I don’t know what you’re doing at five o’clock in the morning, but I do know what 20 Bedouin women in the town of Hura in the Negev are doing. They are preparing 8,000 school lunches for a catering business known as Al Sanabel. Their efforts, which have transformed these women into proud breadwinners for their families, are part of an Arab-Jewish organization known as AJEEC-NISPED and its partnership with the municipality of Hura.
So what does this have to do with my day job? Well, I teach at GLOCAL, a graduate program in international development at Hebrew University. Our students, who come to us locally and also from countries such as Nepal, Rwanda, Mexico and Greece, are interested in how to build and strengthen communities. In class discussions, AJEEC- NISPED is often our go-to case study for a nonprofit operating within Israel in this field. Exploring their work helps us to answer questions such as: What does community development look like in Israel? Which types of social businesses exist in the Bedouin community? How do shared society Arab Jewish organizations operate?
AJEEC-NISPED’s partnership in the catering business, its ‘Women Weaving a Dream’ project that fosters economic independence (which recently has been adapted for Syrian refugee women in Montreal) and its training program for female photographers and disc jockeys to work in the women-only section at Bedouin weddings are just a few examples of efforts to advance the status of women in the Negev. The organization is also widely known for the creation of social enterprises, which range from educational tourism to agriculture cooperatives. Developed as a research case study at the University of Oxford , the catering initiative has been studied in developing countries around the world. Moreover, AJEEC-NISPED has a unique leadership model with an Arab and a Jewish co-director- a management structure that is used by a select number of organizations promoting shared society in Israel.
Each year, our GLOCAL students trek down to the Negev for a study tour. And when we get there, we have plenty to see. The first stop is straight to Hura to catch the morning bustle at the kitchens. After hearing all the details about how this collaborative social business is creating revenue to re-invest back into the community, we are then treated to a catered lunch. It quickly becomes clear why this school lunch program has been so successful, with its freshly made salads and use of Bedouin spices. Unlike the frozen meals that were originally shipped by contractors from Beer Sheva, these meals appeal to the appetites of the local Bedouin schoolchildren in the region.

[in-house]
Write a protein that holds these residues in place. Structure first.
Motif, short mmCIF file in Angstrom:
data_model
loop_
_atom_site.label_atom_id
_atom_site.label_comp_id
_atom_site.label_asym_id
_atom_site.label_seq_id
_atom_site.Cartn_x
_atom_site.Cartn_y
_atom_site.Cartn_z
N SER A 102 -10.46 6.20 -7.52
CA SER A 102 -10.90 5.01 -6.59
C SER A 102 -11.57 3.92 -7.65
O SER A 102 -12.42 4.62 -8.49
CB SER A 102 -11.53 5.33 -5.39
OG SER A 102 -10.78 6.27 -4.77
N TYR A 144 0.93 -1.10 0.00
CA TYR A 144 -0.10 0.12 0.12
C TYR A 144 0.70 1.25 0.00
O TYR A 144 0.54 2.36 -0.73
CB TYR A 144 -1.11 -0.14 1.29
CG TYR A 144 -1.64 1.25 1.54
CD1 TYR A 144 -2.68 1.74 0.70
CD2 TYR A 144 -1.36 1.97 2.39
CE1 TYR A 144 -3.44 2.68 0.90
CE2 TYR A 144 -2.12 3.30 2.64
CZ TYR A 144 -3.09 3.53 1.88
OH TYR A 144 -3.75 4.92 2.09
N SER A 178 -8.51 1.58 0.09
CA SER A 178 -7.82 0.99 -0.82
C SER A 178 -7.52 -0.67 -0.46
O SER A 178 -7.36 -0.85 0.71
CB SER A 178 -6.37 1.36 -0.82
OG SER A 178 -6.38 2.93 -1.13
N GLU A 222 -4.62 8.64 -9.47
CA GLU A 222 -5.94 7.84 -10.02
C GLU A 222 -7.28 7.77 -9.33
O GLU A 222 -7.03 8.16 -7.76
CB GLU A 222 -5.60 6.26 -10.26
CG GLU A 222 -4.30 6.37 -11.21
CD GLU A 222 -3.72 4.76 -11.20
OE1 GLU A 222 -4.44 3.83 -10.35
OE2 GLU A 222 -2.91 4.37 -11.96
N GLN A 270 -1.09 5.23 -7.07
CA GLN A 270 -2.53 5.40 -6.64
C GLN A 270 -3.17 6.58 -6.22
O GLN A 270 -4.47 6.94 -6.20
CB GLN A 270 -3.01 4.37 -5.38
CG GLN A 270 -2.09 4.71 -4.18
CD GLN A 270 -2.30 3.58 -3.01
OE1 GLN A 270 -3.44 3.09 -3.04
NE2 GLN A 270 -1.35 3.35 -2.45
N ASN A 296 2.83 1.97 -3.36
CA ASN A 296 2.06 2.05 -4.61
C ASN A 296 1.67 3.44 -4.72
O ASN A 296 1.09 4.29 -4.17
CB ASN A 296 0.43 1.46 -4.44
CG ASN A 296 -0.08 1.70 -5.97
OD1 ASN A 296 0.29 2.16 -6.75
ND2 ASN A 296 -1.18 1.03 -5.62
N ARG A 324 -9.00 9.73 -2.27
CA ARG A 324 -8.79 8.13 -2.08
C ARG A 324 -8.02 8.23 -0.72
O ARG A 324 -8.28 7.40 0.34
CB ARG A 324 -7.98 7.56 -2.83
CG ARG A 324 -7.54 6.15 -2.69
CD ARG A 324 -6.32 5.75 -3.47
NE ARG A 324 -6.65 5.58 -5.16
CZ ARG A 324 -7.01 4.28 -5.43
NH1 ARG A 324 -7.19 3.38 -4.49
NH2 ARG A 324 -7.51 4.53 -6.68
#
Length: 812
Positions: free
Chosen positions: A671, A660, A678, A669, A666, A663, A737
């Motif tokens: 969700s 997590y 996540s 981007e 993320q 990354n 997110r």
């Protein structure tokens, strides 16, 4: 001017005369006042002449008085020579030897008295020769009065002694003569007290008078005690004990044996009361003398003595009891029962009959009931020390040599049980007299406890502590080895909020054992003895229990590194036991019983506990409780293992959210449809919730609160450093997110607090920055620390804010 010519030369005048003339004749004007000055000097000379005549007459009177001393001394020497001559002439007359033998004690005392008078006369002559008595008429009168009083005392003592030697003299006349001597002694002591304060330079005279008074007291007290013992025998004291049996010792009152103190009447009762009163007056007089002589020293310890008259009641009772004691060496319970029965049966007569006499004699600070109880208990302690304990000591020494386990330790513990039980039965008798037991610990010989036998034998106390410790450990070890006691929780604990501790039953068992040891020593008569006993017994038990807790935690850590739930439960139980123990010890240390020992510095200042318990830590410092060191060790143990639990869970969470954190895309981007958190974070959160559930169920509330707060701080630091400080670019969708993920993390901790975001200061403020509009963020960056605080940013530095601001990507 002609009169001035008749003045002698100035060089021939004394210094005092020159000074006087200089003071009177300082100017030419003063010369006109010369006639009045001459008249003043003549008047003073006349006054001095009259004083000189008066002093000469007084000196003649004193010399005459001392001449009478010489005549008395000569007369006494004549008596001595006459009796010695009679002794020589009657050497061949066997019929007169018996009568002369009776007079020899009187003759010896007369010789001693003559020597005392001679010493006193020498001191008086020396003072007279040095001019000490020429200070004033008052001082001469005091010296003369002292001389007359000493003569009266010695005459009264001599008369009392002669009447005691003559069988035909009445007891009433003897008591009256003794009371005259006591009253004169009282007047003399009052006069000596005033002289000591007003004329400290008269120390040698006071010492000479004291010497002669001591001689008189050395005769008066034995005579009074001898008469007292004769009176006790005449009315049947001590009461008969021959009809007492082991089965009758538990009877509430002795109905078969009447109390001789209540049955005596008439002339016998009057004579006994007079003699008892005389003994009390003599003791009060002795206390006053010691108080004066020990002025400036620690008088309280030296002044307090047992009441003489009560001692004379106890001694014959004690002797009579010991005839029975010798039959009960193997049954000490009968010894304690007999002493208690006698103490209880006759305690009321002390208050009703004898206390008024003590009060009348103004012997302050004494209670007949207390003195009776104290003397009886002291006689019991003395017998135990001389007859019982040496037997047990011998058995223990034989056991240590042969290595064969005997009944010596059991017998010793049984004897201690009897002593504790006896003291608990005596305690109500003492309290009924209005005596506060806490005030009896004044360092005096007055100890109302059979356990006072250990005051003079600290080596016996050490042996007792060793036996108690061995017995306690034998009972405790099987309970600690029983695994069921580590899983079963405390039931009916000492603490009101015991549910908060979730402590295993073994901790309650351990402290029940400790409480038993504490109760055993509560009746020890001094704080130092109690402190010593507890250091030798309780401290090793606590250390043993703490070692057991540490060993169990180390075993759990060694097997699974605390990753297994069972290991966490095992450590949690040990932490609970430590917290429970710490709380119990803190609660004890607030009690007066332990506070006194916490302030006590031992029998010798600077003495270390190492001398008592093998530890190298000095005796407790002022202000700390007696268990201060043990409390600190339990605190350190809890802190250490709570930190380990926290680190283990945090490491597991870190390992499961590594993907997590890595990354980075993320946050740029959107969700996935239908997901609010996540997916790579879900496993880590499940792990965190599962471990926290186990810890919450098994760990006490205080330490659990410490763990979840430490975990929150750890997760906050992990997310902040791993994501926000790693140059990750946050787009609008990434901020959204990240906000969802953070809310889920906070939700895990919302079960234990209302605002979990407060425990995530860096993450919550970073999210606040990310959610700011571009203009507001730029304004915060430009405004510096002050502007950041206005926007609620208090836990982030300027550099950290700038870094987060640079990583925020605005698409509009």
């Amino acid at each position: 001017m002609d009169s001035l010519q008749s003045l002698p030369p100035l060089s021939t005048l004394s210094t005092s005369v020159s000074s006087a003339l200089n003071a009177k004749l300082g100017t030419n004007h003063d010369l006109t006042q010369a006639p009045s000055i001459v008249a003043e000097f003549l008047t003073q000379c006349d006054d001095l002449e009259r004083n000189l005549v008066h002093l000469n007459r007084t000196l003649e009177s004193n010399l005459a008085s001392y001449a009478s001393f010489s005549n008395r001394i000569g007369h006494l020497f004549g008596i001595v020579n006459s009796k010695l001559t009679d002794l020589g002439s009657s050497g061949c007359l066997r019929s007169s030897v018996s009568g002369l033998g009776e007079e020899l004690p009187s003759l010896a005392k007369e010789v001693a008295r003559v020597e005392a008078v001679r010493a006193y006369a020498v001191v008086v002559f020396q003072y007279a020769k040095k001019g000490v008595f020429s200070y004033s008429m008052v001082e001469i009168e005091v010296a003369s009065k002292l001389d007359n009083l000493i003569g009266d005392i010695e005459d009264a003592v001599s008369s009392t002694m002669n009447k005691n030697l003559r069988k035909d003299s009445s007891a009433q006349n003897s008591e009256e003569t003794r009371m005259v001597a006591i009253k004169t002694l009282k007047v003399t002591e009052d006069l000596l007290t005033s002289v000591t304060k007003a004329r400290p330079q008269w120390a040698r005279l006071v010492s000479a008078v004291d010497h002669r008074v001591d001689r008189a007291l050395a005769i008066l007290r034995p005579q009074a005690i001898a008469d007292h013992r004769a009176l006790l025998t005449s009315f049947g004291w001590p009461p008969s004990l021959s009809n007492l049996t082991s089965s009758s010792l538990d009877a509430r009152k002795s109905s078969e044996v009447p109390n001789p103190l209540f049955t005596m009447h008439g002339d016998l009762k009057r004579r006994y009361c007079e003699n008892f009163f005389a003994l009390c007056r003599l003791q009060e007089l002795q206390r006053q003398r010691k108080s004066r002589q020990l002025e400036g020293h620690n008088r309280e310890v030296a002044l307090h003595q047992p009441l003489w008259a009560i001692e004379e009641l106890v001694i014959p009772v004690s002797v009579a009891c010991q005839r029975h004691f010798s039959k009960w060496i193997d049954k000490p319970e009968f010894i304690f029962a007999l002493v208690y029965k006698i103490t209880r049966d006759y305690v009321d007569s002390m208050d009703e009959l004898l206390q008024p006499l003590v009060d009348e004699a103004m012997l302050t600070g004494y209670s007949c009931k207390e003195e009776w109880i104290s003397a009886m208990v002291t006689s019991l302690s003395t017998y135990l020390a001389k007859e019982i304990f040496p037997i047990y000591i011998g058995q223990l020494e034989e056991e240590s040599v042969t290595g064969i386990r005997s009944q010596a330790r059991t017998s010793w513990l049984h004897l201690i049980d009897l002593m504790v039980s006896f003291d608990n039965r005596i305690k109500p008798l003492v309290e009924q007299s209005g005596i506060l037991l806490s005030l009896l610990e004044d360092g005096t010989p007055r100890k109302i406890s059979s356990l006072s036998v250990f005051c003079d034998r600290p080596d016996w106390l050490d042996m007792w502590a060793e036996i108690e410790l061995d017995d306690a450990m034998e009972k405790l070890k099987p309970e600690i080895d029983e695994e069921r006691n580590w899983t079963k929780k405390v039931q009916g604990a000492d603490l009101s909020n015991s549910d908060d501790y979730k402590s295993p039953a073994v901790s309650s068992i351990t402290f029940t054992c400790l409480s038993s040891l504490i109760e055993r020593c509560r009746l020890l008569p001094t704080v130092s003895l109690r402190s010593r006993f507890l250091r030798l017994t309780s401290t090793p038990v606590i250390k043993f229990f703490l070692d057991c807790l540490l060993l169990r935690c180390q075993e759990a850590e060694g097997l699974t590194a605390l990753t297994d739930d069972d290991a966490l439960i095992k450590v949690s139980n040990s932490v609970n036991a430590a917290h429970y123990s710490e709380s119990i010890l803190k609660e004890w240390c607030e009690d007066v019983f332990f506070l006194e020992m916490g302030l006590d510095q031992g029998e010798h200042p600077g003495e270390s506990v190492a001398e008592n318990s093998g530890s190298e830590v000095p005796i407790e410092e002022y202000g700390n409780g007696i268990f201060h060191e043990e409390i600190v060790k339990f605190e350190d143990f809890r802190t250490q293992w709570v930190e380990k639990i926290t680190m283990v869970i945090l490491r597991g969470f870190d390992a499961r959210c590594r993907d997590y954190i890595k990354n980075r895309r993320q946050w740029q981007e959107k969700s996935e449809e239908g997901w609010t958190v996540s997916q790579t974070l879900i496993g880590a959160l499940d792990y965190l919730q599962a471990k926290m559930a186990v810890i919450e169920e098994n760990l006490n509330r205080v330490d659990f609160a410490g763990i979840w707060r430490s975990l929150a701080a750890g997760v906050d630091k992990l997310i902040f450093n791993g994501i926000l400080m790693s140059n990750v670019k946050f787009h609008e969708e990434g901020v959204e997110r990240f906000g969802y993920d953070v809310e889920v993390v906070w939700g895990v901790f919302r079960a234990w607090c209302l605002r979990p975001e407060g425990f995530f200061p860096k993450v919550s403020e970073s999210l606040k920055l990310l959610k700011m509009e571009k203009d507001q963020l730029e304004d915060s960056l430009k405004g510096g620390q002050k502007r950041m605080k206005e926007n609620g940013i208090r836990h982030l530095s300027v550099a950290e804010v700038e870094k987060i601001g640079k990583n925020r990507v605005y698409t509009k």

The conversations during the day jump from social business models to community empowerment. And there is always particular interest in the question of how Bedouin women are able to maintain community traditions in the midst of so much change. It is a learning process to see how local nonprofits navigate these challenges – creatively finding ways to earn income for women while also encouraging the preservation of cultural traditions and artistic heritage. Our case studies and visits each year also include the work of NGOs such as KIEDF’s microfinance projects, and trailblazing women’s organizations such as Sidreh- Lakia, Bedouin Women for Themselves, and the Association for the Improvement of Women’s Status, Lakiya.
Our last stop on the tour this time is to a fitness center, El-Hudaj in the city of Rahat. It is Israel’s only fitness center that is specifically designed for Bedouin women, and is another example of a social business that operates in cooperation with AJEEC-NISPED. Keeping in mind the unique traditions of Bedouin culture and real obstacles discouraging women from focusing on their own health and diet, the opening of this fitness center is no small feat. As with Ultra-Orthodox women, modesty concerns and requirements of more traditional dress can limit opportunities for exercise. A welcoming, women-only space is a first here, and it has become much more than a gym to its members. Yes, Zumba classes have even reached Rahat.
What is of great value to our students is to see practical solutions that show how communities are building the capacity to help themselves. Our visit to the Negev offers us a wide range of local examples to evaluate and compare to similar initiatives across the globe. And as we come home on the bus after a long, but inspiring day, we can fall asleep dreaming about a time when these innovative community-based approaches to development become commonplace, and are no longer the unique teaching models that they are today.